TREASURER:

Well, it is a great honour to represent your electorate in the Federal Parliament…

HINCH:

Oh come on, come on, you are the Treasurer, you are the man in waiting, you have only got two, you said before, ‘I have only got two more Budgets in me,’ how do you just, how do you on your own you would say, ‘I am going to hang in there,’ is there a moment when you think, ‘stuff it?’

TREASURER:

Derryn, you know when I said I only had two more Budgets in me?

HINCH:

Mmm?

TREASURER:

That was about seven Budgets ago.

HINCH:

Yes but, I want to get inside your head here. You must start thinking to yourself, I deserve, the baton has been taking away from me.

TREASURER:

Well look, I am very focused on doing my job. I am working hard and I have got to keep working hard because the issues are so tricky and that is what I am focused on at the moment, particularly with a Budget coming up this May Derryn.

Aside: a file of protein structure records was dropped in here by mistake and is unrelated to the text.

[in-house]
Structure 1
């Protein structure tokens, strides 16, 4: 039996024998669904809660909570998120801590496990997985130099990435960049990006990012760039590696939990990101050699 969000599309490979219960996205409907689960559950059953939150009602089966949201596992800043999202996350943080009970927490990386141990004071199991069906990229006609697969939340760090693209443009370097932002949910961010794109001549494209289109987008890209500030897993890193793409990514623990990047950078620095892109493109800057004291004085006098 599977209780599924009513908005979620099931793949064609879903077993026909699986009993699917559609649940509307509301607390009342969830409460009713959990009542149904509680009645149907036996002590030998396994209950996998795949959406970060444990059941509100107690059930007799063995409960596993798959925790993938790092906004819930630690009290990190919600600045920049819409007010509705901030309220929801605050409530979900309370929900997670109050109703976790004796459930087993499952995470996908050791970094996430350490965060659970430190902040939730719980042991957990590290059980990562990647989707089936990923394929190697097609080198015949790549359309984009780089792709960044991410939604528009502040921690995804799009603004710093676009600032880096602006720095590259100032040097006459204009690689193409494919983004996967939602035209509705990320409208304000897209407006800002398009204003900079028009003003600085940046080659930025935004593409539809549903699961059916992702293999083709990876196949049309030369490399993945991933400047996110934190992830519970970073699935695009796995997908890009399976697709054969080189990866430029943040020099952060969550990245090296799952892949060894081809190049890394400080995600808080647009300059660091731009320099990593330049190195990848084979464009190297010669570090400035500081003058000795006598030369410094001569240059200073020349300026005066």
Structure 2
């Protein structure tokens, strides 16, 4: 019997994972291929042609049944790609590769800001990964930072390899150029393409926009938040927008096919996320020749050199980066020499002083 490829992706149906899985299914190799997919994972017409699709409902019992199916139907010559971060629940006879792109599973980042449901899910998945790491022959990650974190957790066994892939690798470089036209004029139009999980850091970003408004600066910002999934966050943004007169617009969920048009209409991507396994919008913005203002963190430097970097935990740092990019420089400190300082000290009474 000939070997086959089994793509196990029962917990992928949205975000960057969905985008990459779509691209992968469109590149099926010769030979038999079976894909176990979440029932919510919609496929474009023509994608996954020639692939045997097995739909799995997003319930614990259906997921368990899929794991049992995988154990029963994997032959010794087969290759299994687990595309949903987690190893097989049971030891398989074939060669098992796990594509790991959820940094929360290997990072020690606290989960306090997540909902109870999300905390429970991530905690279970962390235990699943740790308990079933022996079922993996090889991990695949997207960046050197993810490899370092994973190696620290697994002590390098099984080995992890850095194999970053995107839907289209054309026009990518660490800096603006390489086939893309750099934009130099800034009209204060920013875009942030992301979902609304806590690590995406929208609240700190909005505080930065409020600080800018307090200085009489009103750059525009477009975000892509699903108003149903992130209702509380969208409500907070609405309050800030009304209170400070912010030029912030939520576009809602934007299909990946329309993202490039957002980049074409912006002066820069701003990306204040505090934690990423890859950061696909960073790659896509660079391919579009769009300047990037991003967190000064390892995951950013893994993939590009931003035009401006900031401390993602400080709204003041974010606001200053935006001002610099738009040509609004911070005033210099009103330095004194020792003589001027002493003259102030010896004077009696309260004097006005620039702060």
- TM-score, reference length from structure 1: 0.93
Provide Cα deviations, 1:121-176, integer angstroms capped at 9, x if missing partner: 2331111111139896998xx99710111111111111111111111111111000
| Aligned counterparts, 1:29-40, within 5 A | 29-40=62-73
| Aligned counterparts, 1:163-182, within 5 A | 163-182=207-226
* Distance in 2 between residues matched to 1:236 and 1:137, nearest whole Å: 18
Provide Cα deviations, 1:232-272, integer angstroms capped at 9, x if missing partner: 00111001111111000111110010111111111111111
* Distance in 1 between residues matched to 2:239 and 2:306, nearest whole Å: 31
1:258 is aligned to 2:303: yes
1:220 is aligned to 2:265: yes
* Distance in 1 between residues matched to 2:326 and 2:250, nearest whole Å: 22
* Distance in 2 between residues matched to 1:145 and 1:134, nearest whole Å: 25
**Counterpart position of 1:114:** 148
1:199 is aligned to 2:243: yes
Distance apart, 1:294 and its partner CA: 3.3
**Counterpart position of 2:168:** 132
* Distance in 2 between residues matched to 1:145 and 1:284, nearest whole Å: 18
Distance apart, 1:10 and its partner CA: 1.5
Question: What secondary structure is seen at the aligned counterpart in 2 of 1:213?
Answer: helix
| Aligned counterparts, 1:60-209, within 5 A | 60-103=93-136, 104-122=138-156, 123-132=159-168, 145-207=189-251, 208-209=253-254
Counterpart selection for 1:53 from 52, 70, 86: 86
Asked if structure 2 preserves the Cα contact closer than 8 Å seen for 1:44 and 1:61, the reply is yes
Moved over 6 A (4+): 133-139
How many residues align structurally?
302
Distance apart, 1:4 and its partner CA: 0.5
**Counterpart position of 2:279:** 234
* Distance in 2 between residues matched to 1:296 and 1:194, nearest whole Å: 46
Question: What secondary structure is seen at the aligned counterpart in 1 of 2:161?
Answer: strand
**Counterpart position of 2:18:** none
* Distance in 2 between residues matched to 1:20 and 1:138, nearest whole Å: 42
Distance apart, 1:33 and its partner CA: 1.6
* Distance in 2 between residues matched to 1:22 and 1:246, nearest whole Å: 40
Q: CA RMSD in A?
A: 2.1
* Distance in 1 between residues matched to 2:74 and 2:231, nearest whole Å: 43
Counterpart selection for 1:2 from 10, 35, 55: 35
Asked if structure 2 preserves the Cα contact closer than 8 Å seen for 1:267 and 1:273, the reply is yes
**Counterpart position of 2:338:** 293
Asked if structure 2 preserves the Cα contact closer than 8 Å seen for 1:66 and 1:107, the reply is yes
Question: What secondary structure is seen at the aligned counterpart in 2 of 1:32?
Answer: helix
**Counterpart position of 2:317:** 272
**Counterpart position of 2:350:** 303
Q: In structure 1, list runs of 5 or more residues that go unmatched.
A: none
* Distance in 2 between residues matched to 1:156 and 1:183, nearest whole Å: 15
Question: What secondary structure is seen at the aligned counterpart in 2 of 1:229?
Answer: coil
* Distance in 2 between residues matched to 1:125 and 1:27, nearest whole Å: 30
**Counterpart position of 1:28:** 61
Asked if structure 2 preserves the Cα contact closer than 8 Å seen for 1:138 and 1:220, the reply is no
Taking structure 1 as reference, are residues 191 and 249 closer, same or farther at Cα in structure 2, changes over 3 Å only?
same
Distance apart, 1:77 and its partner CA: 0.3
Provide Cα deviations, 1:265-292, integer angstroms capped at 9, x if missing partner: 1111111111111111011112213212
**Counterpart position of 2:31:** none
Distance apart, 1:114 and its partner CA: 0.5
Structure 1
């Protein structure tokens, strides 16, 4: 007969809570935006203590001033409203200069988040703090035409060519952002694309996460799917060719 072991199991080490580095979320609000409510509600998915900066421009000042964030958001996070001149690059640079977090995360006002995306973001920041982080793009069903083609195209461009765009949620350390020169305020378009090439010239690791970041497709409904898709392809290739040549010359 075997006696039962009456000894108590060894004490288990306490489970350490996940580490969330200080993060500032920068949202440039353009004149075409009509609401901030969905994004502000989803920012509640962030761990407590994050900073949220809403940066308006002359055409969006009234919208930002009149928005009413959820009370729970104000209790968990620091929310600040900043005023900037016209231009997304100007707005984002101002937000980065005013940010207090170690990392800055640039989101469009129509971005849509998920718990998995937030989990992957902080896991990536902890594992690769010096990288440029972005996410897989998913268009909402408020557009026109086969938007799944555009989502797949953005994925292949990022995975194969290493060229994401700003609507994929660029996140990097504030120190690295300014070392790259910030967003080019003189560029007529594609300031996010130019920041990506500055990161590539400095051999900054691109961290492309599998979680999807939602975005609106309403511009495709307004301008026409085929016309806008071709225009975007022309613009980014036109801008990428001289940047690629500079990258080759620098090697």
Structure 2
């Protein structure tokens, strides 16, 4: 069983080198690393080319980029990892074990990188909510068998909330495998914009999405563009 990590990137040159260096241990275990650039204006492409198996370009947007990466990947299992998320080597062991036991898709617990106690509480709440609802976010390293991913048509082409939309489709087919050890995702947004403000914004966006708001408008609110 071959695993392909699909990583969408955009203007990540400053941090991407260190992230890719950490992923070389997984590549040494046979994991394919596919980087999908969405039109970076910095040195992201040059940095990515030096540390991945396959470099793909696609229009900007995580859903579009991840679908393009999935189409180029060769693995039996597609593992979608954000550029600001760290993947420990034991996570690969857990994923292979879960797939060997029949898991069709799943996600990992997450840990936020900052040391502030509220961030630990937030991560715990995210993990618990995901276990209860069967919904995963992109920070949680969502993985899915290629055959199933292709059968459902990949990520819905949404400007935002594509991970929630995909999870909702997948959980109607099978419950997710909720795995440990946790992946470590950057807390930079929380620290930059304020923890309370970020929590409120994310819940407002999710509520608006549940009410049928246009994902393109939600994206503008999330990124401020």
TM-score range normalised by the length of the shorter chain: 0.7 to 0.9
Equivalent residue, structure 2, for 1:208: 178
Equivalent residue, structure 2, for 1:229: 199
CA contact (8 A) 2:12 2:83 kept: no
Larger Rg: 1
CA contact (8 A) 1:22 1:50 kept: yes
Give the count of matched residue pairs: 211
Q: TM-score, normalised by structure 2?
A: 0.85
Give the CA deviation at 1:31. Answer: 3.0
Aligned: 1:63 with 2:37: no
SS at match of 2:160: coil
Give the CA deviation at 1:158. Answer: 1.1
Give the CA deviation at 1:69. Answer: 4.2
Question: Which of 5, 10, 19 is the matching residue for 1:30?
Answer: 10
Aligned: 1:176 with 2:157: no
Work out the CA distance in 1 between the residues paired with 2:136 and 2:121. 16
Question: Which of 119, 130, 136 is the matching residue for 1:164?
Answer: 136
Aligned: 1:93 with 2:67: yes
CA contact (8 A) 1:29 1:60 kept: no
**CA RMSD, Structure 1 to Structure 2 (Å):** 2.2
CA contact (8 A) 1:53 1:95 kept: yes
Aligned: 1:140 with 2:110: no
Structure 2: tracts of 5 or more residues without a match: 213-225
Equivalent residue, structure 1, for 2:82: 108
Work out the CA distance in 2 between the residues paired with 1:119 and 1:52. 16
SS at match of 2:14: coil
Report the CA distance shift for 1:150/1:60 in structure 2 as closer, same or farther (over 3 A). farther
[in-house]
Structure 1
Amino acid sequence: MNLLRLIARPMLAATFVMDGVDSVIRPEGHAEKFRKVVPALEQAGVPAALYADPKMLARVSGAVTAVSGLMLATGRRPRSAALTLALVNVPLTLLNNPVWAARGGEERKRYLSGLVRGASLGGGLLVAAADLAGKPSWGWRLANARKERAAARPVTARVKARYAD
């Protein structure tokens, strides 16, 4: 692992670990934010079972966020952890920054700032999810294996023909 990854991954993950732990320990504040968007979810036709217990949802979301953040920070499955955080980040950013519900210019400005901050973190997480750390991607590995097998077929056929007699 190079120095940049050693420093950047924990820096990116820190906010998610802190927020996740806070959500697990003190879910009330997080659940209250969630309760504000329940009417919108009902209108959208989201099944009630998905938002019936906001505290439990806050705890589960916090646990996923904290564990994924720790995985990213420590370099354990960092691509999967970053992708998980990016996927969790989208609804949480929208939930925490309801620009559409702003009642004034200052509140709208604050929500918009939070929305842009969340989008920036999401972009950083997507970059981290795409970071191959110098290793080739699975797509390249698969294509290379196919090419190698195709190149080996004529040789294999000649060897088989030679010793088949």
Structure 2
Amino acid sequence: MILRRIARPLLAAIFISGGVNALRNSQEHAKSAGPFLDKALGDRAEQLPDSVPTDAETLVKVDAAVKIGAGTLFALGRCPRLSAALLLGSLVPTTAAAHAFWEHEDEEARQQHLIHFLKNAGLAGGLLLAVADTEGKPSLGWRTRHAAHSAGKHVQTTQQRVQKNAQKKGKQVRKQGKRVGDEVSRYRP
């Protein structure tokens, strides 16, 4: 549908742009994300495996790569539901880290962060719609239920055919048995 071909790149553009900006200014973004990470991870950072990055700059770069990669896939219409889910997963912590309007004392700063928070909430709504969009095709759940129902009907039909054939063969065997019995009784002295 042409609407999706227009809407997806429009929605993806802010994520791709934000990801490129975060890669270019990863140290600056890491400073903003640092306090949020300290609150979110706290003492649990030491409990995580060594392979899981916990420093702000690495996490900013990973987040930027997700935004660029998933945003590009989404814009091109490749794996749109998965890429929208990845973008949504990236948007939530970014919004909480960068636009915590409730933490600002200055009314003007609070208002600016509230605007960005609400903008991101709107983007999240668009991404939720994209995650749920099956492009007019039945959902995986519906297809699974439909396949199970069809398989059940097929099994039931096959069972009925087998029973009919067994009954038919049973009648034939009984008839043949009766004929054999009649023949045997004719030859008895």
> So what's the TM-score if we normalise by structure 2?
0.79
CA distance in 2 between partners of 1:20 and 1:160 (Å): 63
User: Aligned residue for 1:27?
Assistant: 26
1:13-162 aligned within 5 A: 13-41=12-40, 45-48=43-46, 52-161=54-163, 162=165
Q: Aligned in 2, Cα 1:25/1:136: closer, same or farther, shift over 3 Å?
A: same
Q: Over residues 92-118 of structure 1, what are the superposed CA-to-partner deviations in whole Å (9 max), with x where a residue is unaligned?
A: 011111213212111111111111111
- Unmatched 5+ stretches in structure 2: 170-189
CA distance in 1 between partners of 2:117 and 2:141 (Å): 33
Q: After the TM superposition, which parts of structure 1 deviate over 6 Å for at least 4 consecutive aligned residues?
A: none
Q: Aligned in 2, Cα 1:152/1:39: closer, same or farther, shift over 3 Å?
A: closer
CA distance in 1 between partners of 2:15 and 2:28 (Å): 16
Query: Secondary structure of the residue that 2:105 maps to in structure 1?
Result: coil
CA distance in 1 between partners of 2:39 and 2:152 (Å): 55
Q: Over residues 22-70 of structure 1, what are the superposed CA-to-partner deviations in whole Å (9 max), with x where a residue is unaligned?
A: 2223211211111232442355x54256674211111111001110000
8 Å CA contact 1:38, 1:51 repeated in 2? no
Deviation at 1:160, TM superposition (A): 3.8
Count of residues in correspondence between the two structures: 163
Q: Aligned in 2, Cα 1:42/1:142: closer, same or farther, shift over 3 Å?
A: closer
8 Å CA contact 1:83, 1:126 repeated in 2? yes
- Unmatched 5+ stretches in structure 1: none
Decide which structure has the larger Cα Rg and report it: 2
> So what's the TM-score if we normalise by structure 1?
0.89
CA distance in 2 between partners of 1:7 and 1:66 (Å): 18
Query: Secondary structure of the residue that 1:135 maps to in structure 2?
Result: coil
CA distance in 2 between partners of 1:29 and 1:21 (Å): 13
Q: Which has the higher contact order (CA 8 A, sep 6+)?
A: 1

HINCH:

Did you ever think, and this is not a trick question this one, did you ever think you guys would get four on the trot?

TREASURER:

No, no I didn’t. I thought when we won one, that was a pretty good effort, I thought when we won two we were pretty lucky, I thought when we went three we were even luckier still and when we won four I thought that was pretty unbelievable.

HINCH:

What if John Howard wants to go five?

TREASURER:

Well we will just work at this term, we have just started this term, we have got three years to go.

HINCH:

Mr Treasurer thanks for your time.

TREASURER:

Thanks for your time Derryn, bye.